Once a day when President Barack Obama checks the in-box on his BlackBerry, there's a devotional from Joshua DuBois.
All of the missives are Christian-based, said DuBois, the former director of the White House Office of Faith-Based & Neighborhood Partnerships, who will be the keynote speaker at a Habitat for Humanity of Greater Chattanooga Area fundraiser on April 11. Many of the notes involve Obama's interest in history and music, DuBois said.
The first one he sent the then-candidate in 2008 was unsolicited, he said.
"Here's a guy with a lot of different support," DuBois said when we talked on the phone recently, "and no one is thinking about his soul. The first [devotional] was on Psalm 23. I had no idea [whether there would be a] response. But he wrote back, said this was exactly what he needed and to send these every day."
In a private capacity, he has been doing just that.
The apostle Paul, in 1 Timothy 2, commands us to pray for our leaders. I admit I don't pray for President Obama as often as I should. It's not because I disagree with him on most things, which I do, but because the leaders of the country, state and city are not uppermost in my thoughts as I pray.
But DuBois swerved to that when I asked him to name the most misunderstood thing about the president. He may have thought I meant the presidency, because he said for "a lot of elected officials" there is some "disagreement of policy, some level of disrespect."
Yet, he said, "we are called to lift them up in prayer, to seek God's best" for them.
I wondered what, if anything, DuBois knew about President Obama's prayer life.
He prays with pastors in the Oval Office and has said he prays with first lady Michelle Obama, DuBois said. He walks across the north lawn of the White House to attend services at St. John's Episcopal Church. On the president's birthday, Aug. 4, he has a prayer call when a number of pastors convene to offer words for him for the year to come.
"It's a nice tradition," DuBois said.
Among those who have been a part of that prayer call, he said, are Vashti McKenzie, a bishop in the Texas district of the African Methodist Episcopal Church who was bishop over the church's Kentucky and Tennessee district from 2004 to 2012, and W. Antoni Sinkfield, presiding elder of the North Nashville District of the AME Church and DuBois' stepfather.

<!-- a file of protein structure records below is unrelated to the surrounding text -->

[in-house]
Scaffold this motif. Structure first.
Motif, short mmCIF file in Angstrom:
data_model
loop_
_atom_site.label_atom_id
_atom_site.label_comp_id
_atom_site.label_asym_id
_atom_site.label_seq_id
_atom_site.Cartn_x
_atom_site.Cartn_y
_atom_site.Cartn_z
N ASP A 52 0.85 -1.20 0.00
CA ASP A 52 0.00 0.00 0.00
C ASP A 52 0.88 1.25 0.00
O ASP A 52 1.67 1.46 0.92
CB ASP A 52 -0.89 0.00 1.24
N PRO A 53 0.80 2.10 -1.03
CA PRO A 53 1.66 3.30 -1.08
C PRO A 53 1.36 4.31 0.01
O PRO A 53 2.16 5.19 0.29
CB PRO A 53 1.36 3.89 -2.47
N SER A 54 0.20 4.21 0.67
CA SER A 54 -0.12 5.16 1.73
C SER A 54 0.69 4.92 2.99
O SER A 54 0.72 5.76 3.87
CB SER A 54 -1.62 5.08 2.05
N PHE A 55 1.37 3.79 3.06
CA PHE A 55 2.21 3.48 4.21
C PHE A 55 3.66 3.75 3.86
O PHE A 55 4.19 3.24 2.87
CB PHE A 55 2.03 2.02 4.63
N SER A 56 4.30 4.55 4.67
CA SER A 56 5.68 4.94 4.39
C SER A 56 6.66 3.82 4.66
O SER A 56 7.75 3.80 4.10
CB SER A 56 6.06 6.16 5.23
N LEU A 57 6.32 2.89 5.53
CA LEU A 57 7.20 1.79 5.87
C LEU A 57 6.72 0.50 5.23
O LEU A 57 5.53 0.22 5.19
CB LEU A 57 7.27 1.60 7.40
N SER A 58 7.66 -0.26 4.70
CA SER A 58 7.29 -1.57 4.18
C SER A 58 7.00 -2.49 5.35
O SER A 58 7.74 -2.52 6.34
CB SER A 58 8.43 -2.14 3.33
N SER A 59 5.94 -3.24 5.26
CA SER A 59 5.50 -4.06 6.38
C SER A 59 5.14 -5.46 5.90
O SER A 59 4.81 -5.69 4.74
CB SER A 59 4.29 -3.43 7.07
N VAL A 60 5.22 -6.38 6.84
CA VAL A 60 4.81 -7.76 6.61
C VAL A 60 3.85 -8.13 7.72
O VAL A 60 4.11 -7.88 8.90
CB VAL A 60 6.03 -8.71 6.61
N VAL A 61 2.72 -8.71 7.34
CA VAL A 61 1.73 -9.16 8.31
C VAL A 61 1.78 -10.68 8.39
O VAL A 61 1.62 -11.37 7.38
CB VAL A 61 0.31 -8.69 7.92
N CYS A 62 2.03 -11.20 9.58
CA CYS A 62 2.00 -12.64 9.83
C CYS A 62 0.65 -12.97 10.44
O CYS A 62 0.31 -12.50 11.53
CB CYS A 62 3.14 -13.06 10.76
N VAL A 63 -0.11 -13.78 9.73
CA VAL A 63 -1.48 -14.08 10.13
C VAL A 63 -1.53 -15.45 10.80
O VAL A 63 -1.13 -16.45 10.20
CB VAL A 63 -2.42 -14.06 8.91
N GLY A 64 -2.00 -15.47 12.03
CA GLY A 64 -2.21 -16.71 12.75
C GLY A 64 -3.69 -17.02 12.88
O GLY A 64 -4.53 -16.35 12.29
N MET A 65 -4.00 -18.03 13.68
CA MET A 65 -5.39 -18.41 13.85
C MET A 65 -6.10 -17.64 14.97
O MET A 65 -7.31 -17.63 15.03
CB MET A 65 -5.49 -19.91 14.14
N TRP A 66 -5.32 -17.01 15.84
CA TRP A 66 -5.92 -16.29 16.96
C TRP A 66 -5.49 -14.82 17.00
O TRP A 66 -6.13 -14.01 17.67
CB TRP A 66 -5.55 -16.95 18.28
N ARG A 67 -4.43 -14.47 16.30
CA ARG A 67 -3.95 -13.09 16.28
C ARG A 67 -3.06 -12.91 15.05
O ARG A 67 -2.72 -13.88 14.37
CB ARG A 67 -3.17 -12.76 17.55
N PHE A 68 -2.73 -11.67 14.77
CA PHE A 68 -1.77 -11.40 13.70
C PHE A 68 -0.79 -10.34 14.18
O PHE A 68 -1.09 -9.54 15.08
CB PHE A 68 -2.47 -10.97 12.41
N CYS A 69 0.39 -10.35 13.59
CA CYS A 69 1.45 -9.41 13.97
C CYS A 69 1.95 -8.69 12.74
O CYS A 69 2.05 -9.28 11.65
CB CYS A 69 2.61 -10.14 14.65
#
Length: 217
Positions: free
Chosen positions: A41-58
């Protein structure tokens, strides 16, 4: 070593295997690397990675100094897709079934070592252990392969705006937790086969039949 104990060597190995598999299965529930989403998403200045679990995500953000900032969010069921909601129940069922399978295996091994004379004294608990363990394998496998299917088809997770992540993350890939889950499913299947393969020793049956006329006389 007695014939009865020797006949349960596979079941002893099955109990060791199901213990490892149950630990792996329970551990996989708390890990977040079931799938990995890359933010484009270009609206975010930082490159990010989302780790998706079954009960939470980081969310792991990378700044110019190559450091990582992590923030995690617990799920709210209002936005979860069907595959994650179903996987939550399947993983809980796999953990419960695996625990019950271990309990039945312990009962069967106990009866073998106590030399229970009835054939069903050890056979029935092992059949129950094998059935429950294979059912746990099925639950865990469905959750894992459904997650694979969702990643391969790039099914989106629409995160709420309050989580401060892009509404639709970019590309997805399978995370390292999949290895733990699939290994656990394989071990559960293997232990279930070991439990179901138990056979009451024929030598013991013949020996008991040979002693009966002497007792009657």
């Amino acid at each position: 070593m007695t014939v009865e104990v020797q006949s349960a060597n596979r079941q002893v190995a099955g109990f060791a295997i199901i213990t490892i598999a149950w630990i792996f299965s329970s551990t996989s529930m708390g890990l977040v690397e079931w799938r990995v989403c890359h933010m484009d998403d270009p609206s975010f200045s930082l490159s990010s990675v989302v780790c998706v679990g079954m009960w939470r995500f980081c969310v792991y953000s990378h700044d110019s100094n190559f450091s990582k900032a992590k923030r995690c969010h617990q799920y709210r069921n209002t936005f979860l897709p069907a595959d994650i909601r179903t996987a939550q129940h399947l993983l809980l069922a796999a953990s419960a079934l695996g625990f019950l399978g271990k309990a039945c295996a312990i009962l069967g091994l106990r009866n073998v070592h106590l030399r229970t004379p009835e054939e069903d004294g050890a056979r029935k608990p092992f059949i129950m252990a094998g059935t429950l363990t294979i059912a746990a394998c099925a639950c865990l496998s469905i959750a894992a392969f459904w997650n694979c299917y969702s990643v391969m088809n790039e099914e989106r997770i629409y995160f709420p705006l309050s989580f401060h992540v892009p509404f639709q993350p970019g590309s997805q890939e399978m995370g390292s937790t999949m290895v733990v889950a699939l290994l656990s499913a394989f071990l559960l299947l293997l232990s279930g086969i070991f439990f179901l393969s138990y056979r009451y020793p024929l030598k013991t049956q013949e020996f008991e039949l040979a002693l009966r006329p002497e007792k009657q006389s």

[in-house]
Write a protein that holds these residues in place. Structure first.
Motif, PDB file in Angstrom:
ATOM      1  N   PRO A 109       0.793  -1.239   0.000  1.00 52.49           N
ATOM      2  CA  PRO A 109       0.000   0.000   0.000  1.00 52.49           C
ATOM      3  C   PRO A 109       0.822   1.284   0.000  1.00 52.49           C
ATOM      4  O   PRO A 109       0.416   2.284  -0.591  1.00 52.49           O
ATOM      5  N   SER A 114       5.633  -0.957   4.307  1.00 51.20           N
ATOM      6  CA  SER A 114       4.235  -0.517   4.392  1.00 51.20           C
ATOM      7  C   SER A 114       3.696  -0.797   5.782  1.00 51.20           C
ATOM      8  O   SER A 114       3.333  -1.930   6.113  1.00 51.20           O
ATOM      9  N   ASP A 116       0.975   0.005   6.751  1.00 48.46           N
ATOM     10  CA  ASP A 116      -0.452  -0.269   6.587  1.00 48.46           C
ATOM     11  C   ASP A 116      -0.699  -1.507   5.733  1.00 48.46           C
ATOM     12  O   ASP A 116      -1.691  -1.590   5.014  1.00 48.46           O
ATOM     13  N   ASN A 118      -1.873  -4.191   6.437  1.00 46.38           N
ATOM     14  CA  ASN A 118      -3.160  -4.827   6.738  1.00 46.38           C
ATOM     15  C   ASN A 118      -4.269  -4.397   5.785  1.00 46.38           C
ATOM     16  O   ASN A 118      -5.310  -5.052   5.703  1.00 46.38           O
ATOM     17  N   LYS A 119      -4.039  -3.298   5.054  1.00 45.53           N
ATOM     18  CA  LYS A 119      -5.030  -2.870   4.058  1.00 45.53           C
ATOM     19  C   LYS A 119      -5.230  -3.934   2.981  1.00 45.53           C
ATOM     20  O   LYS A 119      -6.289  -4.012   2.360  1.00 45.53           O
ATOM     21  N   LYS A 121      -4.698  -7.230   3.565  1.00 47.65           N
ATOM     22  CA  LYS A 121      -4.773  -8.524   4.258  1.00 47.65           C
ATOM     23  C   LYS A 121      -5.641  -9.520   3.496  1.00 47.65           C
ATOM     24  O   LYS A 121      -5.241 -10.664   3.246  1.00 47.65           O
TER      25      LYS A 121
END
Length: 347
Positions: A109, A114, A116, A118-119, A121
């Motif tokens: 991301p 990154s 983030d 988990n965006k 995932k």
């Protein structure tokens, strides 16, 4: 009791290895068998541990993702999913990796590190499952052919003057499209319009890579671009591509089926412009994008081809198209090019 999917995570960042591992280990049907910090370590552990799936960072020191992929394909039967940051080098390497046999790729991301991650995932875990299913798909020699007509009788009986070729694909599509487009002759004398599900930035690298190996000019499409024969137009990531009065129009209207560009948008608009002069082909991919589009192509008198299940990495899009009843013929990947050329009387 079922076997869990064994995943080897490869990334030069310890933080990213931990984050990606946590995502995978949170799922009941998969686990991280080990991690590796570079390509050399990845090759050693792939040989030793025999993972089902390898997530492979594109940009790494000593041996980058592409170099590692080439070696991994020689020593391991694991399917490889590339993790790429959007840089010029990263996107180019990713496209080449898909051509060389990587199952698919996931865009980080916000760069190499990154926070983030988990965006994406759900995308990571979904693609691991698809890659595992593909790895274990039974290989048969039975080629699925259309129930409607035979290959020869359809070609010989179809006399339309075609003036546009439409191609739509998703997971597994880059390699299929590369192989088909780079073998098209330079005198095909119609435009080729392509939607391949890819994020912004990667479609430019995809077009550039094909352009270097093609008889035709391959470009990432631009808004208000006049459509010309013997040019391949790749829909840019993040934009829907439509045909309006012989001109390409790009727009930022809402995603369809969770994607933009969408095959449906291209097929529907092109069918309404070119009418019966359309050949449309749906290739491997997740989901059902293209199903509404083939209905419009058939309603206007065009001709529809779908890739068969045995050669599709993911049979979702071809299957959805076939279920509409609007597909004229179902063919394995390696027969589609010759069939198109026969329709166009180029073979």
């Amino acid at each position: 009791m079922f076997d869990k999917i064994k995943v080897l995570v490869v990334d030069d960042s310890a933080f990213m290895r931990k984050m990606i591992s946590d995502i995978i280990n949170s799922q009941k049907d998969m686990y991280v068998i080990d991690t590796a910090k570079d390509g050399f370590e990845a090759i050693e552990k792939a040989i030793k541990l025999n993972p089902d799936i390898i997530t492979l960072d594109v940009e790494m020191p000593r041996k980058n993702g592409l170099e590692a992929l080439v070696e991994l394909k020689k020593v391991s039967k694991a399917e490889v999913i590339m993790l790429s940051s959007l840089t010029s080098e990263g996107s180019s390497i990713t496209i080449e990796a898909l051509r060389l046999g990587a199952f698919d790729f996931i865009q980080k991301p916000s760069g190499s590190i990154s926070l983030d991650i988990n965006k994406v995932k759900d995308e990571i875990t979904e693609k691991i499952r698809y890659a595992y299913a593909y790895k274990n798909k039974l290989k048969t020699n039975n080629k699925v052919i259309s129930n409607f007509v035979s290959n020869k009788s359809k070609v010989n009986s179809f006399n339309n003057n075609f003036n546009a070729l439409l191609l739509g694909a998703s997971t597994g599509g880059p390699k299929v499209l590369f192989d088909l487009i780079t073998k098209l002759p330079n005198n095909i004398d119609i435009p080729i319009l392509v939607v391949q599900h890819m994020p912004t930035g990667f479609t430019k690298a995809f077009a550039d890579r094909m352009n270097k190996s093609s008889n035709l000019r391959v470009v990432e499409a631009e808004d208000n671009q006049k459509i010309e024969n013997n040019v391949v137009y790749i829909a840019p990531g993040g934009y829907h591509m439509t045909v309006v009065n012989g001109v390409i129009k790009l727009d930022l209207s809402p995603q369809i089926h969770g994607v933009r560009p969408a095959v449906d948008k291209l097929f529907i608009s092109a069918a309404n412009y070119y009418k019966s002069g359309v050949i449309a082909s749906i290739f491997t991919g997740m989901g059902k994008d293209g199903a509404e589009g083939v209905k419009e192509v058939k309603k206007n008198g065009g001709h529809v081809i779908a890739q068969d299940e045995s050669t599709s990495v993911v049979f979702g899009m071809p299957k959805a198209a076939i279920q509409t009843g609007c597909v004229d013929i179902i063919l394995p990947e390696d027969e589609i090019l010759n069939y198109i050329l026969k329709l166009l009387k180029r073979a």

Does the president have, I wanted to know, what many Southerners refer to as a life verse, a touchstone passage from the Bible on which they focus their life?
DuBois said one Obama has used several times is Isaiah 40:31: "But they that wait upon the Lord shall renew their strength; they shall mount up with wings as eagles; they shall run, and not be weary; and they shall walk, and not faint."
"It's something he has woven into speeches, something that resonated with him," he said. "He's quoted it several times."
DuBois, who grew up in Nashville and has an aunt and uncle in Chattanooga, left the Obama White House a year ago to start a consulting firm, become a religion columnist and write a book of devotionals based on the ones he sends Obama.
The book, "The President's Devotional: The Daily Readings That Inspired President Obama," was released in October.
Among the emails DuBois sent Obama, he said, involved President Abraham Lincoln forgiving his enemies. Another, he said, concerned Johnny Cash and redemption.
DuBois, who has been to Chattanooga, said he didn't know that two turning points in the late singer's life came not too far from the Scenic City.
The first was Cash's last arrest in 1967, when he was found with a bag of prescription pills after being involved in a car accident in Walker County, Ga. Following a night in jail in LaFayette, he was released after a long talk with Sheriff Ralph Jones, who confronted him on his dangerous behavior and wasted potential.
A year later, Cash had a spiritual epiphany in Nickajack Cave in Marion County, Tenn., after he attempted to commit suicide while under the influence of drugs. After wandering deep in the cave, trying to lose himself and "just die," he passed out. Once awakened, he felt God's presence in his heart and managed to struggle out.
DuBois said he doesn't give much thought anymore to trying to convince people Obama is a Christian and not a Muslim, as some allege.
"I've known him for years," he said. "I've prayed with him. I know he's a confessing believer. He's been elected and re-elected. I think I would spend more time asking believers why they would question somebody else's faith."